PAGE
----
Saturday, January 19, 2008

The French Connection

The French Connection; crime, USA, 1971; D: William Friedkin, S: Gene Hackman, Roy Scheider, Fernando Rey, Tony Lo Bianco, Marcel Bozzuffi, Frédéric de Pasquale, Bill Hickman, Ann Rebbot

Marseilles. A policeman gets shot. New York. Cops Jimmy 'Popeye' Doyle and Buddy Russo catch a drug dealer, but fail to discover his superior. They are honest, but slightly tough cops, accidentally discovering new dealers during their break at the bar and follow them to the store of Mr. Boca. Since they suspect that a new narcotic shipment will arrive there, they start to surveil them. Even French actor Devereaux is involved in the deal and plans to earn a lot of money in New York. Boca dies in a car accident, while some hitman tries to assassinate Doyle, but he actually catches and shoots him. Doyle discovers heroin in Devereaux's car, but decides not to say anything and create a trap for him with the police. Some criminals get away, but most get arrested by the police.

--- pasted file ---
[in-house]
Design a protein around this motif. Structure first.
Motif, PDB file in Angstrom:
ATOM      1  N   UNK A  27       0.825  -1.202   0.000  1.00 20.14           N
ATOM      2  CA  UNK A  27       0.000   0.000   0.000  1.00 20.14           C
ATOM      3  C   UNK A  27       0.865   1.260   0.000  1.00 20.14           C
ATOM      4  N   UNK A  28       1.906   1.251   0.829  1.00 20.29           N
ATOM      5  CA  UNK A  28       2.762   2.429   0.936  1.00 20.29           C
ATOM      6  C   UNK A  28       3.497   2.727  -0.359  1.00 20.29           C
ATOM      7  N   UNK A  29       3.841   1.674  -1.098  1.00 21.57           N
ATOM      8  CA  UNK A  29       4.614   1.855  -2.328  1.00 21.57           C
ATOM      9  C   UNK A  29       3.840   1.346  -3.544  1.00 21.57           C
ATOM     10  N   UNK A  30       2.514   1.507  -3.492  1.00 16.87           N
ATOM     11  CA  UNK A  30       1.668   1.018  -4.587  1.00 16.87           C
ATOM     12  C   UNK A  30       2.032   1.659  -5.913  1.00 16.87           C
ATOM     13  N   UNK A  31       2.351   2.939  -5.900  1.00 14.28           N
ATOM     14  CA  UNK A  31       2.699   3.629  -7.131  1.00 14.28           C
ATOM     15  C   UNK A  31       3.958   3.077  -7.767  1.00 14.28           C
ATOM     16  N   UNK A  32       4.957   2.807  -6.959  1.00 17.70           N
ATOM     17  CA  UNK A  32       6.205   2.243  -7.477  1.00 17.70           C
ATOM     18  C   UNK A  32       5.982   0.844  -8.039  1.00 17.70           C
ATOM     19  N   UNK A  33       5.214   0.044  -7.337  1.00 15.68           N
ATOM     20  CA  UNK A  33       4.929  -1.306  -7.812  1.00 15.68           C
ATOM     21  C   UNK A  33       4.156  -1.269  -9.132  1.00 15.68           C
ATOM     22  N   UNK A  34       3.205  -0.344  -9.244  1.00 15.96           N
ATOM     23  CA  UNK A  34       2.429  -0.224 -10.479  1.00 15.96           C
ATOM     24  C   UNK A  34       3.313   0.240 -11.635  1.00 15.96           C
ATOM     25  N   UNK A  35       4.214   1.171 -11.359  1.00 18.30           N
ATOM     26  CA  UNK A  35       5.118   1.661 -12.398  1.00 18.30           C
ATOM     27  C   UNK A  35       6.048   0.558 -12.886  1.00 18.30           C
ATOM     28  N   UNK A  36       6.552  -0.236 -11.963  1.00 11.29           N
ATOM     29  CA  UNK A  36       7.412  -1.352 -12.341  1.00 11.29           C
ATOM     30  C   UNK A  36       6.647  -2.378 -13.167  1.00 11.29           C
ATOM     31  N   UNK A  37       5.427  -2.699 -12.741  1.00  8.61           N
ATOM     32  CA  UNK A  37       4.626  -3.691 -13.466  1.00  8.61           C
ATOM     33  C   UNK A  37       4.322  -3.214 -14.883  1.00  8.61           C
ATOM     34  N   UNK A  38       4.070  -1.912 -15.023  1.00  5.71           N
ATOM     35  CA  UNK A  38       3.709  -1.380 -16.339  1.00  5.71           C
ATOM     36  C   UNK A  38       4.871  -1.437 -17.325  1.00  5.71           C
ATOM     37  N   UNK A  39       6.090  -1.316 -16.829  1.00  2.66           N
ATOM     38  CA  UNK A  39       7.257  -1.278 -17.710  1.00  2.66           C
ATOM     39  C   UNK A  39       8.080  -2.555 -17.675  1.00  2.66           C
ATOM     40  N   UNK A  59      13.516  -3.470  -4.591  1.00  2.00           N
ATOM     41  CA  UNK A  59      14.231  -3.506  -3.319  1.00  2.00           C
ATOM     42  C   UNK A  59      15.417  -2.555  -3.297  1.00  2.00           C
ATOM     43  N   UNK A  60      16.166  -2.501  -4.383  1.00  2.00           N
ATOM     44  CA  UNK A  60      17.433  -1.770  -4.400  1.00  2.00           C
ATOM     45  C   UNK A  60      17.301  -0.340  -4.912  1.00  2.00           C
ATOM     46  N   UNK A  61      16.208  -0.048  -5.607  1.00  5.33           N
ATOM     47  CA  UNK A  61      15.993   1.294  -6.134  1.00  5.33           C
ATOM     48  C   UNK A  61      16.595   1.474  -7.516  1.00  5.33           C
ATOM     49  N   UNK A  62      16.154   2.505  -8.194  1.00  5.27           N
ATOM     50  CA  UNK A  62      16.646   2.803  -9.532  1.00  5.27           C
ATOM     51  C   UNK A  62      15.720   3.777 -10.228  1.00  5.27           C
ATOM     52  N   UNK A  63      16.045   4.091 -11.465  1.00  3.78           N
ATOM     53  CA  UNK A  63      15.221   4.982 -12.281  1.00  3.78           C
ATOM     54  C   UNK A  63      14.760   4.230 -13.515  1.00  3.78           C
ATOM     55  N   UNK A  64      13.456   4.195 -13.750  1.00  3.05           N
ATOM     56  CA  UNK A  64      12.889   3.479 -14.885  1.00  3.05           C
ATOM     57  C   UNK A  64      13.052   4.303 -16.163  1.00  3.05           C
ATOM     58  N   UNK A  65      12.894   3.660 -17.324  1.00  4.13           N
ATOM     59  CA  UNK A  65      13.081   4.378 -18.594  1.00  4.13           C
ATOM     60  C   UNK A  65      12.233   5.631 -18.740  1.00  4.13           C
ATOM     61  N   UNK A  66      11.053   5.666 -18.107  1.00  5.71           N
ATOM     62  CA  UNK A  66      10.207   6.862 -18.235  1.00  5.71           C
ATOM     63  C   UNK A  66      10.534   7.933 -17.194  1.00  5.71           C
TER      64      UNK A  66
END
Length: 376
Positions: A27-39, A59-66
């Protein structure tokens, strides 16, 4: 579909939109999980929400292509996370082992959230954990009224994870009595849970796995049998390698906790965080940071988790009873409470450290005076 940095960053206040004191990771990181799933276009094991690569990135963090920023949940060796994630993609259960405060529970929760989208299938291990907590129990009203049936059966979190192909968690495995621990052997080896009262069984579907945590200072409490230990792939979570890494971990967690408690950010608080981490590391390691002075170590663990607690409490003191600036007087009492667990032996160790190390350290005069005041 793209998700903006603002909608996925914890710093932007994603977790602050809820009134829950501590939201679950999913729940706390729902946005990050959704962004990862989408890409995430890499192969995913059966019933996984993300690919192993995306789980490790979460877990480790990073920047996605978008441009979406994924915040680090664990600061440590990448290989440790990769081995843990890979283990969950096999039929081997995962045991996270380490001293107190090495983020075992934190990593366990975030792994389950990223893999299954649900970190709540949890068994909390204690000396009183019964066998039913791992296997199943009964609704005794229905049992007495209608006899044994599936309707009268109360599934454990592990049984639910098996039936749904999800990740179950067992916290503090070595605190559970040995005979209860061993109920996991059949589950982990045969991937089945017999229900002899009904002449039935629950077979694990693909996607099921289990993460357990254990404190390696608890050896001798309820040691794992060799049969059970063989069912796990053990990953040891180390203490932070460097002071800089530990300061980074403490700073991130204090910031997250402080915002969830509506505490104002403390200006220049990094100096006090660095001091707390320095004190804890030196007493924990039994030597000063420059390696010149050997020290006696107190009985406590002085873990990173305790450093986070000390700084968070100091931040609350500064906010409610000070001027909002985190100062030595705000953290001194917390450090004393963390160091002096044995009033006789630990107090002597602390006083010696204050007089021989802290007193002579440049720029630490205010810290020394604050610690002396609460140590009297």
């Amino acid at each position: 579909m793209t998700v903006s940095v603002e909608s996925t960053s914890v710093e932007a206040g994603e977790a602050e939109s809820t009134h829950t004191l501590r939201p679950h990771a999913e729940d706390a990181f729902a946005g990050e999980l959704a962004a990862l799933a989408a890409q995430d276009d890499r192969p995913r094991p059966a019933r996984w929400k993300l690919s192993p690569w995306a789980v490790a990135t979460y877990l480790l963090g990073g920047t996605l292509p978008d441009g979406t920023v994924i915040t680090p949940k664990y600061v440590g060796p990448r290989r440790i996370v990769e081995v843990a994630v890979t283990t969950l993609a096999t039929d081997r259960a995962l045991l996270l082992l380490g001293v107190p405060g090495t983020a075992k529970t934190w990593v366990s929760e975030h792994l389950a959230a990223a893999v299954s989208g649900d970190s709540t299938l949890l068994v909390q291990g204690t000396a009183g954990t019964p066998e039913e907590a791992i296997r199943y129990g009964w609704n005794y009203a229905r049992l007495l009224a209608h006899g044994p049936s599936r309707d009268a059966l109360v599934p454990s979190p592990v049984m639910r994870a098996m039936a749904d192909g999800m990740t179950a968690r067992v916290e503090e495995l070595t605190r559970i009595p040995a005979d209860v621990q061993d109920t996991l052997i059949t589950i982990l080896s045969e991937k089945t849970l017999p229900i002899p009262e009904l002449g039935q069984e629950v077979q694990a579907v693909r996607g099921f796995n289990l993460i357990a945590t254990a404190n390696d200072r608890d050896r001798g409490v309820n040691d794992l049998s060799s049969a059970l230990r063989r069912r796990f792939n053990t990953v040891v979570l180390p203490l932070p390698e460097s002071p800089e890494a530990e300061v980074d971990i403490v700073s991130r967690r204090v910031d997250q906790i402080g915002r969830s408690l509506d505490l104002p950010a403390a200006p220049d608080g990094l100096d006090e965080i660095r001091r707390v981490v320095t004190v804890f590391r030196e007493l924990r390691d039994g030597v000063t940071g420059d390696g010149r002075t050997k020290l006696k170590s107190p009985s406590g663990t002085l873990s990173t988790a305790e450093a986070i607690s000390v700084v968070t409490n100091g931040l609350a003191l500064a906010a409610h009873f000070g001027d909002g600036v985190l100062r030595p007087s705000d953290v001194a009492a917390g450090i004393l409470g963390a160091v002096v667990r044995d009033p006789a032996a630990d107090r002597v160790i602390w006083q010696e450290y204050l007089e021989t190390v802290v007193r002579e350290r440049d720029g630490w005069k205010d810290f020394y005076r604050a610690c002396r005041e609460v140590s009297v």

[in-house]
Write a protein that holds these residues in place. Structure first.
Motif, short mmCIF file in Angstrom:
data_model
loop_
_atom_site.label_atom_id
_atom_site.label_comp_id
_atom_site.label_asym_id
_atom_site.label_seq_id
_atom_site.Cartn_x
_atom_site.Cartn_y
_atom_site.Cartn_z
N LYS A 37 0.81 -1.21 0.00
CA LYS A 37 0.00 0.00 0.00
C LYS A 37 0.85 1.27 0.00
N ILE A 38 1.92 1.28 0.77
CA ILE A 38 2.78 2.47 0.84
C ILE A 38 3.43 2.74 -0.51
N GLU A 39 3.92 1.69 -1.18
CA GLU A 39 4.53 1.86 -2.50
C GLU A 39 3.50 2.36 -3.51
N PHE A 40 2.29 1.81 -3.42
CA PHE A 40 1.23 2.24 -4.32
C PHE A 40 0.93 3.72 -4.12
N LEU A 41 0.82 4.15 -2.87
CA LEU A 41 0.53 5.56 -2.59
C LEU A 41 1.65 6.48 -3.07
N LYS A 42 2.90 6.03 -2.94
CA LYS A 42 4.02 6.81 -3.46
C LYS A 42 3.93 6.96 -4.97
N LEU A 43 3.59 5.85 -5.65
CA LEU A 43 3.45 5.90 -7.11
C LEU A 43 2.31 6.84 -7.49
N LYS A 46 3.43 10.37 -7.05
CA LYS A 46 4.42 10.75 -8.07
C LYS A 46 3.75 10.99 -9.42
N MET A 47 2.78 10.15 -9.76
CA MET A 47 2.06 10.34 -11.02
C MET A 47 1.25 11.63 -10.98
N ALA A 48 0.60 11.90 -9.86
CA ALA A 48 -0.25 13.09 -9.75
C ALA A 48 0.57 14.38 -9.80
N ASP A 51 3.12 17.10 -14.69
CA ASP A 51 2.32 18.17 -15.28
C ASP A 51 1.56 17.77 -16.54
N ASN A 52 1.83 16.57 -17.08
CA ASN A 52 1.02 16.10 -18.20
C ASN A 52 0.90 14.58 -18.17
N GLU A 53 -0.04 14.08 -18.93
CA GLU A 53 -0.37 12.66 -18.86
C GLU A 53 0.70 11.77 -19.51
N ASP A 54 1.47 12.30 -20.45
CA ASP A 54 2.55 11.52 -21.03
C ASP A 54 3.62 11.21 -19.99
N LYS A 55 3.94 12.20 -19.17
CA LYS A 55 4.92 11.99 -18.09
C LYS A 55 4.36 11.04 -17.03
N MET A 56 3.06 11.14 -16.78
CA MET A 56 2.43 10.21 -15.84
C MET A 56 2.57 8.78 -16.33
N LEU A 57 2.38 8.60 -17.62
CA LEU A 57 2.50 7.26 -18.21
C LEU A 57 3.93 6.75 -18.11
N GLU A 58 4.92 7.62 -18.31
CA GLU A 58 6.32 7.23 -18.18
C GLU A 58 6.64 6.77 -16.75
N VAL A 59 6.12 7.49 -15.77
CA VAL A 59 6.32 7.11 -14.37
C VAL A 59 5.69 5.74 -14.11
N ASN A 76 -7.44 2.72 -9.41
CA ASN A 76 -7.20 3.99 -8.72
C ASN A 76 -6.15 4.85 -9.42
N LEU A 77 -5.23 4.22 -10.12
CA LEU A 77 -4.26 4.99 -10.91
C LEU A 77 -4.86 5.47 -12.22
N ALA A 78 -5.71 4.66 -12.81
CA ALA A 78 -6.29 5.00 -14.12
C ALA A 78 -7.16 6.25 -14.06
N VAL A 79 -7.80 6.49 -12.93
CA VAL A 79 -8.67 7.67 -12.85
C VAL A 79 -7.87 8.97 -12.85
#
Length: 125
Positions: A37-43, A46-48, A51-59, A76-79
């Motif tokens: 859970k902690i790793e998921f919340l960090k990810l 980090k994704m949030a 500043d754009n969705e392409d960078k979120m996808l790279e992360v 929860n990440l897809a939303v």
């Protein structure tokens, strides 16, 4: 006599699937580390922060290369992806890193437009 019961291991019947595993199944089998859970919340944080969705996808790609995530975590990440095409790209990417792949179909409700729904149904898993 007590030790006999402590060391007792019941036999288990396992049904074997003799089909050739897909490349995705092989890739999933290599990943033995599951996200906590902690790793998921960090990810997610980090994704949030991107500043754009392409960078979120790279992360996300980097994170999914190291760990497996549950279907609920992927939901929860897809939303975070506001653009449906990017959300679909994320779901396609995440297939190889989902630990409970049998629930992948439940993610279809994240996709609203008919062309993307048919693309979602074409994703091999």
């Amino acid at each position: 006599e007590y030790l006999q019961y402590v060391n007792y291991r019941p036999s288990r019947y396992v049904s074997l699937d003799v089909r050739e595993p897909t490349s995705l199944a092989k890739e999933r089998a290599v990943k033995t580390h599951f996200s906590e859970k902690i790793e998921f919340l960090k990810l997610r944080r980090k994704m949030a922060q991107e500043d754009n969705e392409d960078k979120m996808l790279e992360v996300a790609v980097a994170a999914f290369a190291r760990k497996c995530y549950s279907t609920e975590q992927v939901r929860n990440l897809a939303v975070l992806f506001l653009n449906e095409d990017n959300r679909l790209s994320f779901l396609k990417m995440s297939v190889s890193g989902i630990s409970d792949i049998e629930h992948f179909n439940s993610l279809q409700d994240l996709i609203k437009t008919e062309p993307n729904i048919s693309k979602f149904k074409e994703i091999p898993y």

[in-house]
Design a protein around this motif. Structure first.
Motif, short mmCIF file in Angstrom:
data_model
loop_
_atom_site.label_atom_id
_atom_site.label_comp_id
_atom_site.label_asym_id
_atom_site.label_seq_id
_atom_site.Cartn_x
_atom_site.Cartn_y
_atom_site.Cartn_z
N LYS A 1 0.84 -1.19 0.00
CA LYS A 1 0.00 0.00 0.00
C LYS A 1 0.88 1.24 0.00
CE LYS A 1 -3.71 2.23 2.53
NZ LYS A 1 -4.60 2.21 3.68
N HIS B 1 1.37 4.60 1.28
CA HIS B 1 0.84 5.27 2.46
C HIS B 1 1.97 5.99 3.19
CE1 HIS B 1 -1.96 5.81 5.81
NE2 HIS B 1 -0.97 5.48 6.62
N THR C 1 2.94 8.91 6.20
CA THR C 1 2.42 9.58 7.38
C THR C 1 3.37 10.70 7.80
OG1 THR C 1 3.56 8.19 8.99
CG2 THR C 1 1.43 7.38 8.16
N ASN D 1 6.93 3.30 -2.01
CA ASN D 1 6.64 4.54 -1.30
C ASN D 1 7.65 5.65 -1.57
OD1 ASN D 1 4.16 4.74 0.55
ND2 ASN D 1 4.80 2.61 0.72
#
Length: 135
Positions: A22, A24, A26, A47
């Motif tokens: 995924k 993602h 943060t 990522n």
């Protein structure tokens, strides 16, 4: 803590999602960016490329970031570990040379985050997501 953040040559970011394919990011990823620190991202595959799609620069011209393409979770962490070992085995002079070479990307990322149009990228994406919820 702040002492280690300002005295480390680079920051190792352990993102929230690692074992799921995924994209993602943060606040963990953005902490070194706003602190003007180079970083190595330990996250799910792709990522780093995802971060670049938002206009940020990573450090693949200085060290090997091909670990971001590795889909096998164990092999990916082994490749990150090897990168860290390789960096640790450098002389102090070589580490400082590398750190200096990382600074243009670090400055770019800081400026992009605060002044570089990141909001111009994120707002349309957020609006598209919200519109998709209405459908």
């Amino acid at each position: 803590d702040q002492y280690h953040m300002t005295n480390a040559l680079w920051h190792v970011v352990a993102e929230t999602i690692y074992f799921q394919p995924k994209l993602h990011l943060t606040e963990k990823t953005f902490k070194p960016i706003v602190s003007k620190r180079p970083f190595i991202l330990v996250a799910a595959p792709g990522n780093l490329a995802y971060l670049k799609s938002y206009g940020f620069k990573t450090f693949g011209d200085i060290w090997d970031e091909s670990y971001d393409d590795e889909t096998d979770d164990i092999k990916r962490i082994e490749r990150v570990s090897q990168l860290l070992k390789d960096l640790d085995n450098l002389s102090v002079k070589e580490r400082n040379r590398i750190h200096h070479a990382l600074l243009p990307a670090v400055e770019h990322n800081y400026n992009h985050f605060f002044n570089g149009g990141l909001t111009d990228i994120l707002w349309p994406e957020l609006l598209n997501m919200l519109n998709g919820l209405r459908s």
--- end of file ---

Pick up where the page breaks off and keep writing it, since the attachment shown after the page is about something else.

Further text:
Excellent crime thriller "The French Connection" doesn't stick to idealised portrait of policemen like a lot of films did before it and simply, calmly, but elaborately displays its story, while director William Friedkin actually made a similar movie to this one 14 years later with the equally good "To Live and Die in L. A." Gene Hackman, then a virtually unknown actor, leaves behind a top notch performance as the main protagonist, tough cop Jimmy 'Popeye' Doyle: in his first scene, he is chasing after a runaway criminal dressed as Santa Claus (!) with his partner Buddy Russo, while in another scene he is in his normal clothes and acts in front of the crowd as if he is having an argument with a drug dealer who is actually his spy in disguise. In some other scene, during a raid, everyone drops their drug on the floor. The film is full with such juicy written details and passionate cineaste flair, but Roy Scheider is equally as good as Hackman in playing his partner Buddy, even though he is just an episodic character, while many who are disappointed at the cold, surgical story will be compensated by an abundance of intelligent situations, some of which became classics that set new standards of crime genre, like the legendary car chase scene after a elevated train, which is something every movie buff should see.


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